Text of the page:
“Together with the Ri, our ambition is to create a UK-wide ‘movement’ that connects young people with the subject, and enables small and medium technology companies in every town and city to play a role.”   

Chris Rofe, CEO of the Royal Institution, said: “We are delighted that the generous support of the Causeway Technologies Limited will help us open the eyes of so many more young people to the excitement, beauty and value of computer science.

“All Ri Masterclasses are led by dedicated volunteers who are experts from industry or academia. With the help of these positive role models, our aim is to highlight the huge range of fascinating and worthwhile careers computer science can lead to, and to inspire the students to explore the subject and its applications further at school, in further education and, later on, in the workplace.”

The development of the Computer Science Masterclasses coincides with the introduction of the subject to the national secondary school curriculum from September 2014.

Dr Diane Crann, Ri Masterclass Programme Manager and winner of the 2014 Rooke Award, explained why these Computer Science Masterclasses are an essential extra-curricular addition: “We fully support the government’s decision to introduce computer science into the curriculum but it is important to remember that it will be another decade until computer science has filtered down through every school year allowing young people to leave school with a solid grounding in the subject.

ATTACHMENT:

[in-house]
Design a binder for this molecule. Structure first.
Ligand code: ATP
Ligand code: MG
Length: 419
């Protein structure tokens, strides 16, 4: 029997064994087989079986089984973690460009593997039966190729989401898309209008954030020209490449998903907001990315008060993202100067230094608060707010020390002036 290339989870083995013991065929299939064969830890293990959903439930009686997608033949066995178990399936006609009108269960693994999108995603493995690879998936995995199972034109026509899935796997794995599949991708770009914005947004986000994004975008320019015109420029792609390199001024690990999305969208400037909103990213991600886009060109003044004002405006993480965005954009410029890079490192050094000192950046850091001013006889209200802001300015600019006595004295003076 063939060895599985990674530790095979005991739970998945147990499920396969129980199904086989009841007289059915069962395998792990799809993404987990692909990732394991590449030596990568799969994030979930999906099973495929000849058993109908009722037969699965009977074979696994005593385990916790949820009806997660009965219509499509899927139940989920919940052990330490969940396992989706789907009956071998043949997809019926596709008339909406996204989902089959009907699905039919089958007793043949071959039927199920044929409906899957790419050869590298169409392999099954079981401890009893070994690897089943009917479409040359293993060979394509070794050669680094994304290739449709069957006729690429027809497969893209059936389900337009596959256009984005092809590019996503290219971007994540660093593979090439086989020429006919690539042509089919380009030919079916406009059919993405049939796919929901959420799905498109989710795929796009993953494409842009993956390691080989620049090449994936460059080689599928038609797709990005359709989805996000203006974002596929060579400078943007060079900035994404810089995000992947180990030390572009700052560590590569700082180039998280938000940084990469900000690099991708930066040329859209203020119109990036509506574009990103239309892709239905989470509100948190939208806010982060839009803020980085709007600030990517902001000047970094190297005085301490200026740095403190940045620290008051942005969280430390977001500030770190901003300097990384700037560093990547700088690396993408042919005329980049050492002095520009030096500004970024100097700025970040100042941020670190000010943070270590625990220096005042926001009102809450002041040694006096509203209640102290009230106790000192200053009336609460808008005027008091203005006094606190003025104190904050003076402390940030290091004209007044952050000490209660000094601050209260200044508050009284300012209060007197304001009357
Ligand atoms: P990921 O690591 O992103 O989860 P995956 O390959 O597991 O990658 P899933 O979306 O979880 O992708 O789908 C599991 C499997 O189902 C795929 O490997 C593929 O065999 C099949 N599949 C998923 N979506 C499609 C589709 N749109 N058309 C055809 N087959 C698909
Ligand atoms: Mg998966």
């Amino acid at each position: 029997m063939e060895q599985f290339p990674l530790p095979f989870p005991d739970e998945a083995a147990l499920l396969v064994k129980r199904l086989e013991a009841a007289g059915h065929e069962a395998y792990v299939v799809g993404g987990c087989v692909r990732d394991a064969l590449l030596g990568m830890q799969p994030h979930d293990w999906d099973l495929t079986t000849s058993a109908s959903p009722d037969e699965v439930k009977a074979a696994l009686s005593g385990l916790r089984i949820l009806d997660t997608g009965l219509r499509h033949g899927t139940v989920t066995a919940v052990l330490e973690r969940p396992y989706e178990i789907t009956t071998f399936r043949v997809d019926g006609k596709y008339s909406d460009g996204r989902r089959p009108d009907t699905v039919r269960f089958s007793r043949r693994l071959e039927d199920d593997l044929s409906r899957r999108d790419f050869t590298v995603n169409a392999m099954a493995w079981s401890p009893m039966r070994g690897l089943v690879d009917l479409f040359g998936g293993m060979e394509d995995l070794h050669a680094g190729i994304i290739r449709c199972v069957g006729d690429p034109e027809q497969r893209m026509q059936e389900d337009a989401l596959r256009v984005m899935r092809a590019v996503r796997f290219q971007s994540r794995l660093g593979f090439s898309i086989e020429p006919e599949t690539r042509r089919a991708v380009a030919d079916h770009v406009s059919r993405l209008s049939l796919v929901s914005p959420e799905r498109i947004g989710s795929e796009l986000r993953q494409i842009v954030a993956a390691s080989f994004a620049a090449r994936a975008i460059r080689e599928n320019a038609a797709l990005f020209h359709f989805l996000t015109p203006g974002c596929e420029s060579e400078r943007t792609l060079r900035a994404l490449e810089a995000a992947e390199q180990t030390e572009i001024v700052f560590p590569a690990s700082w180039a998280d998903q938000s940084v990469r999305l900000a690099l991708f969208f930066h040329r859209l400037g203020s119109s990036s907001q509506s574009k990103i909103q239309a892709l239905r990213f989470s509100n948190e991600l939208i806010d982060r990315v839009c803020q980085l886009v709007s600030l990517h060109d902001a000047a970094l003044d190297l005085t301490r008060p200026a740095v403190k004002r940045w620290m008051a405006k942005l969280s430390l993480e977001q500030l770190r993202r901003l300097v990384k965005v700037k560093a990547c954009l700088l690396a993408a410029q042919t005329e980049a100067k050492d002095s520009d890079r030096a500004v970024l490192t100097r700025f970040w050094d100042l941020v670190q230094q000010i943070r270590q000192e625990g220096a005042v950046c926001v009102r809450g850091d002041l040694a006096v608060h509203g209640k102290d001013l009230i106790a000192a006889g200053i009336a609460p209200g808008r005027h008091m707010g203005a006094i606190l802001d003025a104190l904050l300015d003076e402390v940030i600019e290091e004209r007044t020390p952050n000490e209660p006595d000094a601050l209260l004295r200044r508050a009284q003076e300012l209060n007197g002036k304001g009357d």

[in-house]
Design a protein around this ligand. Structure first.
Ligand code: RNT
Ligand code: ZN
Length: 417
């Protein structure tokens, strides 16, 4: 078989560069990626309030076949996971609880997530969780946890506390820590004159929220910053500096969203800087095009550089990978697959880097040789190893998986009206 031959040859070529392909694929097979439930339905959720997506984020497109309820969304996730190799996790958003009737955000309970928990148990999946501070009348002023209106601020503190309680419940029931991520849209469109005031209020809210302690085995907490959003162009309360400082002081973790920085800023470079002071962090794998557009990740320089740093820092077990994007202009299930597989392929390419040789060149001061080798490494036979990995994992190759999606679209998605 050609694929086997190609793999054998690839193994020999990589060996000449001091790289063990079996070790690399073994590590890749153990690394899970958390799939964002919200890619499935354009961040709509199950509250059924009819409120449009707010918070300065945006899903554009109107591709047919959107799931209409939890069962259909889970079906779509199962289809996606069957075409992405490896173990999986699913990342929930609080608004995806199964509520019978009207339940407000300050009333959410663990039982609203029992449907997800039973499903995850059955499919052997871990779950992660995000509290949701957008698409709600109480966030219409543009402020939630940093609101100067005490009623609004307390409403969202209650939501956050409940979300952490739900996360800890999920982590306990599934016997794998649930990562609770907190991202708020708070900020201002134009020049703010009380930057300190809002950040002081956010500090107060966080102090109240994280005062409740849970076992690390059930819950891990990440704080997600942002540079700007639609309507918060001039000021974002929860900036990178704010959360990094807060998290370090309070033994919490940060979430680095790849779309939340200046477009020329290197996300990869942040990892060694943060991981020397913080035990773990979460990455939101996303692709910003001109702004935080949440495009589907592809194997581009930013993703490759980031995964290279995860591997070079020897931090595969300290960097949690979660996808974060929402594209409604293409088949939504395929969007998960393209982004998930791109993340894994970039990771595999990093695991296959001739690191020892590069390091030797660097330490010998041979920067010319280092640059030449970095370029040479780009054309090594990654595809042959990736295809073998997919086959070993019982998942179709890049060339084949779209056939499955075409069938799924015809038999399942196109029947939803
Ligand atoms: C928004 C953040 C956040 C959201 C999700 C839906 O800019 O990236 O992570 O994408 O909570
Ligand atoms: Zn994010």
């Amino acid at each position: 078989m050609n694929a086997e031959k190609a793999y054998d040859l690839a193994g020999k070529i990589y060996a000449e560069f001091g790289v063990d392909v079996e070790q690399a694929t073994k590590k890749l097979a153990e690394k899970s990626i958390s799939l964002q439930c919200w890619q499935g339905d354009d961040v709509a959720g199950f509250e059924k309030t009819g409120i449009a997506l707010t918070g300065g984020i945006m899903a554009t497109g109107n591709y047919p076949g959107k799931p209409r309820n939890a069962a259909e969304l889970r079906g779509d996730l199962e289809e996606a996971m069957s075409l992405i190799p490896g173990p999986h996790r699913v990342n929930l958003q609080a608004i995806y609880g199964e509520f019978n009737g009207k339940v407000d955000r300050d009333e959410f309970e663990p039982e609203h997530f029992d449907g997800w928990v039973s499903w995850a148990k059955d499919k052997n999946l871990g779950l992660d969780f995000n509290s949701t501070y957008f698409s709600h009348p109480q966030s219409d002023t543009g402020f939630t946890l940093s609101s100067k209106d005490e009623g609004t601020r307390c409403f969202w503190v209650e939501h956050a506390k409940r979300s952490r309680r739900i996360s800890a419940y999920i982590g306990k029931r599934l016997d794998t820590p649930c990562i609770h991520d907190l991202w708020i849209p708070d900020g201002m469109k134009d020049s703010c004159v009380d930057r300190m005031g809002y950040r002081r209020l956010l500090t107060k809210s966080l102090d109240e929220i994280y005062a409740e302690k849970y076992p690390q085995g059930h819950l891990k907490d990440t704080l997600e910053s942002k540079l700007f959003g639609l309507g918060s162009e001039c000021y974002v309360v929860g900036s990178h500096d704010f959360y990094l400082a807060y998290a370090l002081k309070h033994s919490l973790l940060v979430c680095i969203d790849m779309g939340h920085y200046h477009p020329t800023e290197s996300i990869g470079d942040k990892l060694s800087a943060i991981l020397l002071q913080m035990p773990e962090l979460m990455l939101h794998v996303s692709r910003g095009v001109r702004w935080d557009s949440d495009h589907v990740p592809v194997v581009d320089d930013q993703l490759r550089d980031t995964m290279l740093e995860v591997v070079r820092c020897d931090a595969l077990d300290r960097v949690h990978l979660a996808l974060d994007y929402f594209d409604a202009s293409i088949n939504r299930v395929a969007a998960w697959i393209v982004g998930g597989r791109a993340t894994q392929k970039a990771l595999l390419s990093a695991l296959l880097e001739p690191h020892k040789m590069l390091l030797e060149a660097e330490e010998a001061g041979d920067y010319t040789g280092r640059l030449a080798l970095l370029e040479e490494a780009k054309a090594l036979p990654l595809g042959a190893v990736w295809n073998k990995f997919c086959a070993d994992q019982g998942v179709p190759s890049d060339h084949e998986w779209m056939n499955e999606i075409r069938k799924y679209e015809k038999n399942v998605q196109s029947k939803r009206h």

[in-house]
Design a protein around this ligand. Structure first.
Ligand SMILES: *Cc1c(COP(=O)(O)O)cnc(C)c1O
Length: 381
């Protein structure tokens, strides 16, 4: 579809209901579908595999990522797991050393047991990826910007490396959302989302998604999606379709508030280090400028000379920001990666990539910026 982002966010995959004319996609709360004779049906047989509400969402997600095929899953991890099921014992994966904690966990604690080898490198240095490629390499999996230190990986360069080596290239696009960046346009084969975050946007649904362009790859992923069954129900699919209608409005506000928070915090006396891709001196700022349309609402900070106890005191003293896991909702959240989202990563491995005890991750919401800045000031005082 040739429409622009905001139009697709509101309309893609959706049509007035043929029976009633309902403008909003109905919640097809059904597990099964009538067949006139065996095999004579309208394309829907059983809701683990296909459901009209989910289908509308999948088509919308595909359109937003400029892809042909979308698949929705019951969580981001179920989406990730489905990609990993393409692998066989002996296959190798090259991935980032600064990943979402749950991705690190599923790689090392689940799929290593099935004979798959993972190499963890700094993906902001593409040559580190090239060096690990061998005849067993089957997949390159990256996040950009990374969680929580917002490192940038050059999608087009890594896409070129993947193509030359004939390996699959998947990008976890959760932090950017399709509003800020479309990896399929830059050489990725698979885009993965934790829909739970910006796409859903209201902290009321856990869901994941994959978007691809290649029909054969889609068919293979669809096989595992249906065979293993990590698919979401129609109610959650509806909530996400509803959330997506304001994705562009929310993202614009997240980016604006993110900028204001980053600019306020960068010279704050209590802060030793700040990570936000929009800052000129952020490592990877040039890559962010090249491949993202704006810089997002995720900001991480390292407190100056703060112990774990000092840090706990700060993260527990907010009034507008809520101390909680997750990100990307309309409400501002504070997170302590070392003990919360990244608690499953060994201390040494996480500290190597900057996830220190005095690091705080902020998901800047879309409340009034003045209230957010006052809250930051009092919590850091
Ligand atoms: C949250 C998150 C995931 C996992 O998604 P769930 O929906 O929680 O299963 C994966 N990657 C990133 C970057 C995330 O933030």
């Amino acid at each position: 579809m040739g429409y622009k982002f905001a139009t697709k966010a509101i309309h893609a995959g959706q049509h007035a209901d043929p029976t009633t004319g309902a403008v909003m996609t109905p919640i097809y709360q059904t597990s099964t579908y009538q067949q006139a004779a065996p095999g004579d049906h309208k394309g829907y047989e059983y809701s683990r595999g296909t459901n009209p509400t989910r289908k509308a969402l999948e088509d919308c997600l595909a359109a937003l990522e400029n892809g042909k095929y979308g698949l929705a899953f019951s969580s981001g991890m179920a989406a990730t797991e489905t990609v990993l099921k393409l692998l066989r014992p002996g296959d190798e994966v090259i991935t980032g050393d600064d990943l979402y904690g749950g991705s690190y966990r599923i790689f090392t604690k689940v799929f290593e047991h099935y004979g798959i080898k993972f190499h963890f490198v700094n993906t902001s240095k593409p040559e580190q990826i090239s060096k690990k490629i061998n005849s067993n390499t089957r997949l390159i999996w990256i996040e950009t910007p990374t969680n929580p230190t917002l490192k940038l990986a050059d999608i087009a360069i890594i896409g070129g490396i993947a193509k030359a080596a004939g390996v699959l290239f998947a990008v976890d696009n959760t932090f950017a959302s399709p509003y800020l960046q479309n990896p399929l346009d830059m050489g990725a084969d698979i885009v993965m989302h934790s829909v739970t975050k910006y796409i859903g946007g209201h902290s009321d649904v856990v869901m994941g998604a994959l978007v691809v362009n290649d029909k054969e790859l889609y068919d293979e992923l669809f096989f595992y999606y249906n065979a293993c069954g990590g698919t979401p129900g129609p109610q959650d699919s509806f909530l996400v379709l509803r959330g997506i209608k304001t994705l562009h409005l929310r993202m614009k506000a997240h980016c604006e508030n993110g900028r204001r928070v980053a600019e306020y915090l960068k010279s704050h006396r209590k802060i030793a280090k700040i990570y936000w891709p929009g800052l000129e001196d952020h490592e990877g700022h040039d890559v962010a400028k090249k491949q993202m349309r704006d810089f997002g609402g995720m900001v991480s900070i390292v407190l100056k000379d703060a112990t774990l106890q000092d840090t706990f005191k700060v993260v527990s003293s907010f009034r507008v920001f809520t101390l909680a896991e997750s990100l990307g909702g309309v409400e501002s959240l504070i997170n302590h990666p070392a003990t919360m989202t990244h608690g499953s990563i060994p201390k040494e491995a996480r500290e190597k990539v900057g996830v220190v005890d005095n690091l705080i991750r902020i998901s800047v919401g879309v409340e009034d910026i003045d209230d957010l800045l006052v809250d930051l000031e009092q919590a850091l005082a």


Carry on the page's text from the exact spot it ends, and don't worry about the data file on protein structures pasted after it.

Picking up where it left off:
She added: “Despite its growing importance to our society, there are still many misconceptions about what computer science is. Computer science is not simply a case of learning how to code or being more aware of how the hardware of a computer is put together; it involves learning highly transferable logic and mathematically based skills, understanding complex algorithms and their applications, and data manipulation and representation.

“We view computer science as having the potential, if it is delivered in an inspiring and engaging way, to encourage young people to be more creative, practical, innovative and hands-on in their approach to problem-solving. These are essential talents that can be applied across all areas of learning and so we are delighted to make computer science a core element of the Ri Masterclass Programme.”

The positive impact of Ri Masterclasses is not only restricted to young people; volunteer speakers and teachers report that the exposure to new ideas and different ways of approaching their core subject has made them more motivated and creative in their own careers.

Victoria Martin, a senior structural engineer at Expedition and a volunteer Ri Masterclass speaker for over five years said: “Working with the students as part of the Ri Masterclass programme has forced me to look at my career in engineering in a new light; reflecting on why I do what I do and constantly renewing my passion for my job.

“There’s nothing more inspiring than seeing the look on a student’s face as the penny drops and a concept all of a sudden makes sense. I’m delighted that professional computer scientists now have the same fulfilling volunteering opportunity available to them.”

A national recruitment drive to build a network of local volunteerswith expertise and experience in computer science will launch in early autumn 2014, with training and pilot workshops to follow.